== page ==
School Counseling

Take Action to Stop Bullying

By on October 8th, 2013

1058875_87211051As the following statistics show, bullying is widespread and touches someone we all know.  It is increasingly important that parents and educators talk to their students about bullying. 

Be aware of the signs of bullying, pay attention to your students, and check in frequently to ensure their safety.  One of the best ways to prevent and reduce bullying is to talk about it.  Continue reading

Recipe for Success

By on August 13th, 2013

I enjoy cooking and baking.  Cooking allows me to try new things, experiment, add a dash of this, a pinch of that, and just get creative!  It suits the rule-breaker in me as I don’t always like to follow recipes.  Baking is a bit more of an exact science, some room for experimentation, but lots of room for error (if you don’t measure correctly). Baking keeps me on the straight and narrow as I’m rewarded with a yummy treat, but ONLY IF I follow directions.  Continue reading

Cut it Out: Self-Injury Awareness

By on March 12th, 2013

Self-Injury Awareness MonthSelf-injury is the deliberate infliction of damage to your own body, and includes cutting, burning, hair pulling, and other forms of injury.

Experts estimate that about 4 percent of the population practices self-injury, almost equally divided between male and female. According to researchers, recent studies of high school and college students put the number at approximately one in five.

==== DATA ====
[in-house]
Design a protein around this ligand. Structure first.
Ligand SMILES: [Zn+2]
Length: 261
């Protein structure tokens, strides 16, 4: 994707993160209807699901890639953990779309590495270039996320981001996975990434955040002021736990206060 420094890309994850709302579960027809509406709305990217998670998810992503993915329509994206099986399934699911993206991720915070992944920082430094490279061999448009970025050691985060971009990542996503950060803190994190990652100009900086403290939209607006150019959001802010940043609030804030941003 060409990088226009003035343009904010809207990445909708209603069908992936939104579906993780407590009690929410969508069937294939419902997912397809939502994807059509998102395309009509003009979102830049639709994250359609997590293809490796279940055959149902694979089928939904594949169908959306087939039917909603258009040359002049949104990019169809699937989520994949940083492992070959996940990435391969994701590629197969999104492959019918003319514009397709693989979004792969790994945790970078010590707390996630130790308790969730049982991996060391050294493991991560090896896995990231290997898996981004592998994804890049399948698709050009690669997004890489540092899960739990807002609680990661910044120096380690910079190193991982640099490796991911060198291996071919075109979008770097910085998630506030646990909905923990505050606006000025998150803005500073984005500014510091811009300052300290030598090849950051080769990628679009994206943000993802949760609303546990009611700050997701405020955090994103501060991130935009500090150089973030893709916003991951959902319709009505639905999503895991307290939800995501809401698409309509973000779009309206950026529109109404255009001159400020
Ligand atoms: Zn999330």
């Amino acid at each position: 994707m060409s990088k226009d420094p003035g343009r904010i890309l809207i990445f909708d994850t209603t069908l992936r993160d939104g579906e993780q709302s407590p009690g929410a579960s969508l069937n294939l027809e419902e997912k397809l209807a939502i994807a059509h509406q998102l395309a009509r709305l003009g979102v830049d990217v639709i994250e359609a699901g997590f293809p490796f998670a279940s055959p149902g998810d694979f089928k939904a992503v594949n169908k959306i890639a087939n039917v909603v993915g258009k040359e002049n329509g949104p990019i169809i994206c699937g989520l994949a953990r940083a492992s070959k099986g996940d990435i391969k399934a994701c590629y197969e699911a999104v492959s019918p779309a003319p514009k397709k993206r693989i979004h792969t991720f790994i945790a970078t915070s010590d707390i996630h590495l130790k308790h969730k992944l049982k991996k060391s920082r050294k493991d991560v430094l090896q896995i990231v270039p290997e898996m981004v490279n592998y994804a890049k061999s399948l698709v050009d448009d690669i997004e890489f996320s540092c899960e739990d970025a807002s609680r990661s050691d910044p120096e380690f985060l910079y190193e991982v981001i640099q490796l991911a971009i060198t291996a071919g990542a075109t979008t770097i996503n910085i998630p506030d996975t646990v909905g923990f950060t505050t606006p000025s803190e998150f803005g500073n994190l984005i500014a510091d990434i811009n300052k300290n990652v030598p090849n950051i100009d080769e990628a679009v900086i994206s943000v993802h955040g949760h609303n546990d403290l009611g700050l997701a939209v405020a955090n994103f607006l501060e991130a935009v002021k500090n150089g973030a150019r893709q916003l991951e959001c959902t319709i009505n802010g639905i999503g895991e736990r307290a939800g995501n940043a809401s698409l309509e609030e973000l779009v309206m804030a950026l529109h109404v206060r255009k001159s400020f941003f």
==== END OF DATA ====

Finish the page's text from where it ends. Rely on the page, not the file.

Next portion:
While cutting can look like attempted suicide, it is most often not the intent, rather an unhealthy way to deal with emotional stress.  Most people who self-harm do it as a way to regulate mood, escape feelings, cope with stress, express pain, or punish themselves.  People who hurt themselves in this way may be motivated by a need to distract themselves from inner turmoil, or to quickly release anxiety that builds due to an inability to express intense emotions. Continue reading

National School Counseling Week

By on February 5th, 2013

CounselorYesterday marked the first day of National School Counseling week (February 4–8, 2013). In anticipation of this weeklong event, I’ve been considering the question, “What makes student counseling services unique and valuable?” School Counselors endeavor to make an impact on student lives and act as change agents to affect positive outcomes. The unique service provided by Professional School Counselors is to critically examine a problem while focusing attention toward providing the most relevant options for families. The advice offered is valuable in that it leads all parties toward resolution.

Various students have contacted me over the years for assistance with academic advising, planning for college, dealing with peer pressure, or working through emotional concerns. One particular student comes to mind. Continue reading